On 01 April, Gazprom announced that it no longer owns its German subsidiary Gazprom Germania which operates Germany’s biggest gas storage facilities. After the announcement, on 04 April German Economy Minister announced that Gazprom Germania is being put under state control with immediate effect until 30 September due to legal uncertainty. It is likely that other Gazprom subsidiaries across Europe, including the UK and Switzerland, will be nationalised or put under state control in the coming months as legal uncertainties threated energy disruptions.
Additionally, Western countries are working on a fifth package of sanctions against Russia. It is expected that the new package includes gas and oil exports. The EU’s Foreign Policy chief Josep Borrell said that the EU should urgently discuss new set of sanctions against Russia over the atrocities in Bucha and other Ukrainian towns. Regarding the new package of sanctions, Germany warns that cutting off Russian gas supplies to Europe is not a possibility despite the growing pressure on the EU to do so.
Two key elections have been held in Hungary and Serbia over the past weekend, and pro-Russian leaders consolidated their rule. Hungarian Prime Minister Viktor Orban secured its ‘supermajority’ during the elections on 02 April, while Serbian President Alekasndar Vucic won another five-year term during the first round of presidential elections. Both Orban and Vucic are seen as the European allies of President Putin and have retained cordial relations with Moscow in recent years. PM Orban was congratulated by President Putin. In his victory speech, Orban stated his support for further sanctions against Russia while he was calling President Zelenskyy an ‘opponent’.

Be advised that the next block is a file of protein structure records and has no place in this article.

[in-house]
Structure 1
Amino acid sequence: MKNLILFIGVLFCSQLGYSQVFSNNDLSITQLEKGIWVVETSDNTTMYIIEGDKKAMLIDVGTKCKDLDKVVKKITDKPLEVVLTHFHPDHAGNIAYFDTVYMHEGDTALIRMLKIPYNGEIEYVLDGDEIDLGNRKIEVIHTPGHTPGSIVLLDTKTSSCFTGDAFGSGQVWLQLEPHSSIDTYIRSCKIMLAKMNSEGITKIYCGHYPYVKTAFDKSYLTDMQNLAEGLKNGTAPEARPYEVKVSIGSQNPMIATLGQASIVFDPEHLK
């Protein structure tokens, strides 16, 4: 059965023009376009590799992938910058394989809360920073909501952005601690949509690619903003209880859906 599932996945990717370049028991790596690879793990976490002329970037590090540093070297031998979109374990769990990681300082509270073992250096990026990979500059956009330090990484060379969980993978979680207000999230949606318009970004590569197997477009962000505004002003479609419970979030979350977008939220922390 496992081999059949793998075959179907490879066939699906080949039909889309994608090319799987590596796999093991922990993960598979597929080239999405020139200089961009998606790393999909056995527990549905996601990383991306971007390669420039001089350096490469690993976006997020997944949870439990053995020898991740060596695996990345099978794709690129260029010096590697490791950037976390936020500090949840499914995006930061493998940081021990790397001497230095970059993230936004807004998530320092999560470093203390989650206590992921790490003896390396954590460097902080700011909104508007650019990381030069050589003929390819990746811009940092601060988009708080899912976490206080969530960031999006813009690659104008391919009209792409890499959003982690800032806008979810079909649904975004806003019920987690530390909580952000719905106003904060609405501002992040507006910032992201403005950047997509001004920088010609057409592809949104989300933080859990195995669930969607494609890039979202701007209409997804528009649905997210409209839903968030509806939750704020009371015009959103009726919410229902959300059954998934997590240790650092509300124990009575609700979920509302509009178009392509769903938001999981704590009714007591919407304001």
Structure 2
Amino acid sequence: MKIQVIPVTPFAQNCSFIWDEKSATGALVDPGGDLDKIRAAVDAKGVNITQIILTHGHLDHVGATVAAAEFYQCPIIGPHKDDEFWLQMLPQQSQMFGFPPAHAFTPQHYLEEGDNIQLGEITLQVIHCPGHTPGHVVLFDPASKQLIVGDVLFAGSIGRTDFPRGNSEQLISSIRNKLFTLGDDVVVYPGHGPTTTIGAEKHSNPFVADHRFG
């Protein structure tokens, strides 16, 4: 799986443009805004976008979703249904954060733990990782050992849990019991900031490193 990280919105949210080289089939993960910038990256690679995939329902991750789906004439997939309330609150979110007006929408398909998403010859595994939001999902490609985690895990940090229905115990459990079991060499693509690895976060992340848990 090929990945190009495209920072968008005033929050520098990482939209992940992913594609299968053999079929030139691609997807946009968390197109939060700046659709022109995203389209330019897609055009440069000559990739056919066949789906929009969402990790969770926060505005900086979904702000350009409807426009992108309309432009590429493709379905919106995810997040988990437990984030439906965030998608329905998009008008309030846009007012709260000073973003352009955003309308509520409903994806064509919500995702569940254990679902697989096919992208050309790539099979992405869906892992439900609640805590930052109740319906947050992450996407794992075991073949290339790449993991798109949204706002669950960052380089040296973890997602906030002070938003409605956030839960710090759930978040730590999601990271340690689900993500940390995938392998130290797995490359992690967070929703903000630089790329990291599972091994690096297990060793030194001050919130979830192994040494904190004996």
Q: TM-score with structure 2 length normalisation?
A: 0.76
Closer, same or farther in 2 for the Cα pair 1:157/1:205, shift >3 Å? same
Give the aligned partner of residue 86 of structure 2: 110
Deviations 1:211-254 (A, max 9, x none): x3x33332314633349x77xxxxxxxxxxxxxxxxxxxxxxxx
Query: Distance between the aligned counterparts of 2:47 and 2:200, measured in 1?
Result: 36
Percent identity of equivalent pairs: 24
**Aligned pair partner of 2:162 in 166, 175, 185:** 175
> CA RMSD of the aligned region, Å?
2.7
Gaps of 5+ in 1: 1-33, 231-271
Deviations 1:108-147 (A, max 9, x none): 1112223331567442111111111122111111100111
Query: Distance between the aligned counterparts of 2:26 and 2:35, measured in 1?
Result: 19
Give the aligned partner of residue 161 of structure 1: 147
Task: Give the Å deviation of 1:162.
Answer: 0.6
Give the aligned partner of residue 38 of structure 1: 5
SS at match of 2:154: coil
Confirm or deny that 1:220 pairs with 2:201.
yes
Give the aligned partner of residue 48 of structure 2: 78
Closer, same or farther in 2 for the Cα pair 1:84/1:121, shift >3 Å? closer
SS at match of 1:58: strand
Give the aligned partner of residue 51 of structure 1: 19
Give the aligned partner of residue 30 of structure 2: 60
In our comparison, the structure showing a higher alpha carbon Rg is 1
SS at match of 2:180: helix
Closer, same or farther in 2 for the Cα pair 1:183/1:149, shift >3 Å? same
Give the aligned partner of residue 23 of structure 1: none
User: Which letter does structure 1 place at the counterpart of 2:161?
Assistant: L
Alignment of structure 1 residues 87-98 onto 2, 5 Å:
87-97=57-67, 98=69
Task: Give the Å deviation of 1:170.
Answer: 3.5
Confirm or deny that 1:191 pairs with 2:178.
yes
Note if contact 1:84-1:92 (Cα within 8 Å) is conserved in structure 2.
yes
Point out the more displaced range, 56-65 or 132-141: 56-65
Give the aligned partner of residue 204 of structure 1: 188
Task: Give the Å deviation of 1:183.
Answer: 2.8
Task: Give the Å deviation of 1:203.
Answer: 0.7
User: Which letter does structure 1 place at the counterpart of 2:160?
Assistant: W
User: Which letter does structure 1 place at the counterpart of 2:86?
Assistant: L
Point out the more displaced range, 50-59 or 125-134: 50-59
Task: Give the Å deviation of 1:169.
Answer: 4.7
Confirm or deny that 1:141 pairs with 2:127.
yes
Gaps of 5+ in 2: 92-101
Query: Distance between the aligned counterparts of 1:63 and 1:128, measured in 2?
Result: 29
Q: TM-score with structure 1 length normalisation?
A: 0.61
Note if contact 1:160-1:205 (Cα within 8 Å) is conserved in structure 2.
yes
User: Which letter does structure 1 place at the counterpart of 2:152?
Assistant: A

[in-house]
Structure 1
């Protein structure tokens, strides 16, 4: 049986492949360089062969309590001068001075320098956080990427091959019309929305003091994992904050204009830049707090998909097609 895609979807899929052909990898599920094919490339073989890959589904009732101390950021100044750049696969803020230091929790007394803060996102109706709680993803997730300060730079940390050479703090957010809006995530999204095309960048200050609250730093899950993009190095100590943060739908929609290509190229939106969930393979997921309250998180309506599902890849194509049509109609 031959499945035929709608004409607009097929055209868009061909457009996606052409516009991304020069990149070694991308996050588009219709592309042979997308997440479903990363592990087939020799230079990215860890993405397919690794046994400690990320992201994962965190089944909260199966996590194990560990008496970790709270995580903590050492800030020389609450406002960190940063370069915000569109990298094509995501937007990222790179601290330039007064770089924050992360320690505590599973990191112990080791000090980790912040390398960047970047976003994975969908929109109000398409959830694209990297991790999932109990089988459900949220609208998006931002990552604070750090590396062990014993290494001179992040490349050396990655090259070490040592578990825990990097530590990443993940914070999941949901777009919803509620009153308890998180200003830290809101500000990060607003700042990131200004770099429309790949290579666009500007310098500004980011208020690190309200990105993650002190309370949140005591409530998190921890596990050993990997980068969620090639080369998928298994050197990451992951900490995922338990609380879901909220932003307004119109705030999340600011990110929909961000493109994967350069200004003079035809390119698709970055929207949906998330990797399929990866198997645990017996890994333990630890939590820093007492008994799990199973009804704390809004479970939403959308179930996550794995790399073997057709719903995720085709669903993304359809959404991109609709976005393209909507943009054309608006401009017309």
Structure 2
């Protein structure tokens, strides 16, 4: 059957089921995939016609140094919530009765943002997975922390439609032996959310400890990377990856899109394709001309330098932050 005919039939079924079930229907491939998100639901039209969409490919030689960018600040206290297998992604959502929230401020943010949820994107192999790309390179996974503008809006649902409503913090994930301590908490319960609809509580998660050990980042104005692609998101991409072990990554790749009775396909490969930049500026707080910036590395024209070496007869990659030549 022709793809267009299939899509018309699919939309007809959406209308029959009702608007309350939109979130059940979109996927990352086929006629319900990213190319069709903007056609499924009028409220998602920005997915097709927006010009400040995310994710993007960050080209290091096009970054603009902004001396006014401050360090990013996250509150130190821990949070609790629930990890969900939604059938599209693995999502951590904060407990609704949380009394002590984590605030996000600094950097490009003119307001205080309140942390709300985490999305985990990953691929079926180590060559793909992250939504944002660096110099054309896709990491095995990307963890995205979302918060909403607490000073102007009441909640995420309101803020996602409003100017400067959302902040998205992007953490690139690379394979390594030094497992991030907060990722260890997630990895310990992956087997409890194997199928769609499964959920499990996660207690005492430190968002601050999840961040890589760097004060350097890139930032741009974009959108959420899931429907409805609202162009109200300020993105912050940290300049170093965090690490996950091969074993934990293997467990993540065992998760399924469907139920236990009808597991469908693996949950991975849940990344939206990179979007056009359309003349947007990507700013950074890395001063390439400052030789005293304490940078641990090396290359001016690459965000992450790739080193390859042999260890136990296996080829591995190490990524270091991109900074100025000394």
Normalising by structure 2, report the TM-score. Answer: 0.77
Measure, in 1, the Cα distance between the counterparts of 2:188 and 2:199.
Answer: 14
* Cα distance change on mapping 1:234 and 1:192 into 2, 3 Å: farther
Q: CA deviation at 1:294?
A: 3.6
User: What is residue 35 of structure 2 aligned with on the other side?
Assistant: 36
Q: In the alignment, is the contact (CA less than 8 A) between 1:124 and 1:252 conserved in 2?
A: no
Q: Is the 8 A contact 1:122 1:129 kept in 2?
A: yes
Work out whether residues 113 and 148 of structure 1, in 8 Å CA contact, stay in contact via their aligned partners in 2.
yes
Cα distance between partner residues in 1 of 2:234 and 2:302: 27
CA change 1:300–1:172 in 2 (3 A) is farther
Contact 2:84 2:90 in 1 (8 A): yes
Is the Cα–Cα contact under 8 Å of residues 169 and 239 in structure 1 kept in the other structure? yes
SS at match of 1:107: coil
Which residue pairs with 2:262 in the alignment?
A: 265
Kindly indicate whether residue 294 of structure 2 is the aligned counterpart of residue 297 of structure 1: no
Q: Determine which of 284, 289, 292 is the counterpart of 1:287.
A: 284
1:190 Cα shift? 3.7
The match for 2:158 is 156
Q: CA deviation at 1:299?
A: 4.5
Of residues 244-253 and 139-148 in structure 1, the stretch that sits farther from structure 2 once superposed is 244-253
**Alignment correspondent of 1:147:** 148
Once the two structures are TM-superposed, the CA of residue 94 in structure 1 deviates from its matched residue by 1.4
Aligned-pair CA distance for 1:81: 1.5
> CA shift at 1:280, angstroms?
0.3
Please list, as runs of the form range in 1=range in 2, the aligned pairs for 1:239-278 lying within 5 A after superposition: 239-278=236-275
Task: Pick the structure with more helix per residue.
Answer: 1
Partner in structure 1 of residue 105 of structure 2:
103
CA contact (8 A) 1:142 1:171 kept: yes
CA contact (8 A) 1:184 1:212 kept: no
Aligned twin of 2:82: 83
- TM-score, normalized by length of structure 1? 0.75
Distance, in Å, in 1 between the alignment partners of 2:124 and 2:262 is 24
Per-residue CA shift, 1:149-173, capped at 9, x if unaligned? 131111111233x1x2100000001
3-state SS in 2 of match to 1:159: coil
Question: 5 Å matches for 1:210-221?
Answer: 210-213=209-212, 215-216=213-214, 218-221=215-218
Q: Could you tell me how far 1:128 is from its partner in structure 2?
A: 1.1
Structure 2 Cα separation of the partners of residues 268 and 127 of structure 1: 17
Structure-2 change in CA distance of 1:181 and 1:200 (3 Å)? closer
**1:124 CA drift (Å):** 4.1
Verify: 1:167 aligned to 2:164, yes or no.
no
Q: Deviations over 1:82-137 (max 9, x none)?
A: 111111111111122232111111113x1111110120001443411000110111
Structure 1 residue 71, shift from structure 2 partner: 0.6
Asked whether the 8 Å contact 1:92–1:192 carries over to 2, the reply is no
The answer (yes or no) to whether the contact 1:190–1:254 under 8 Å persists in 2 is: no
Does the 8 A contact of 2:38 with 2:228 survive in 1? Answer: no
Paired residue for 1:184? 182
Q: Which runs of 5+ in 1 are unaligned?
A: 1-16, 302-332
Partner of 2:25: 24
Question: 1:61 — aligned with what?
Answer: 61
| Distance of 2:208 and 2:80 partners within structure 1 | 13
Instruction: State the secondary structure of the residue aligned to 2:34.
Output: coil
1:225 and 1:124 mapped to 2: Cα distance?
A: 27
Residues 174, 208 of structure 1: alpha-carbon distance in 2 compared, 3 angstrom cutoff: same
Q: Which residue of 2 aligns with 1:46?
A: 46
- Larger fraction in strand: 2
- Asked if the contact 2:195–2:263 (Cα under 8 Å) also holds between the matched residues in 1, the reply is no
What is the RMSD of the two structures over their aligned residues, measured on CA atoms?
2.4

Two days after the election, Orban’s government faced sanctions over the rollback of democratic values and allegations of fraud. The president of the EU commission, Ursula Von der Leyen, announced their decision to send a letter of formal notification to Hungarian government and start the conditionality mechanism. The mechanism was designed to prevent misuse of EU funds by countries backsliding and was agreed by the EU leaders in late 2020.
Cloudflare, a US-based Distributed Denial of Service (DDoS) mitigation company, reported on 04 April that DDoS attacks originating from Russia and targeting sites outside the country were relatively low throughout February, increased sharply in mid-March, and have declined again in early April.
Despite the withdrawal of Russian troops from northern Ukraine, there is a risk that disruptive or destructive cyberattacks – such as DDoS or data wipes – will accompany any resumption of hostilities in the coming weeks, likely due to revelations of apparent war crimes in Bucha, which are raising tensions and making negotiations more difficult. Most likely, these cyberattacks will target organisations that directly support the Ukrainian government and its military operations. However, there is a greater risk of cyberattacks affecting Western companies. For example, US federal agencies continue to urge Western organisations to strengthen their cybersecurity measures.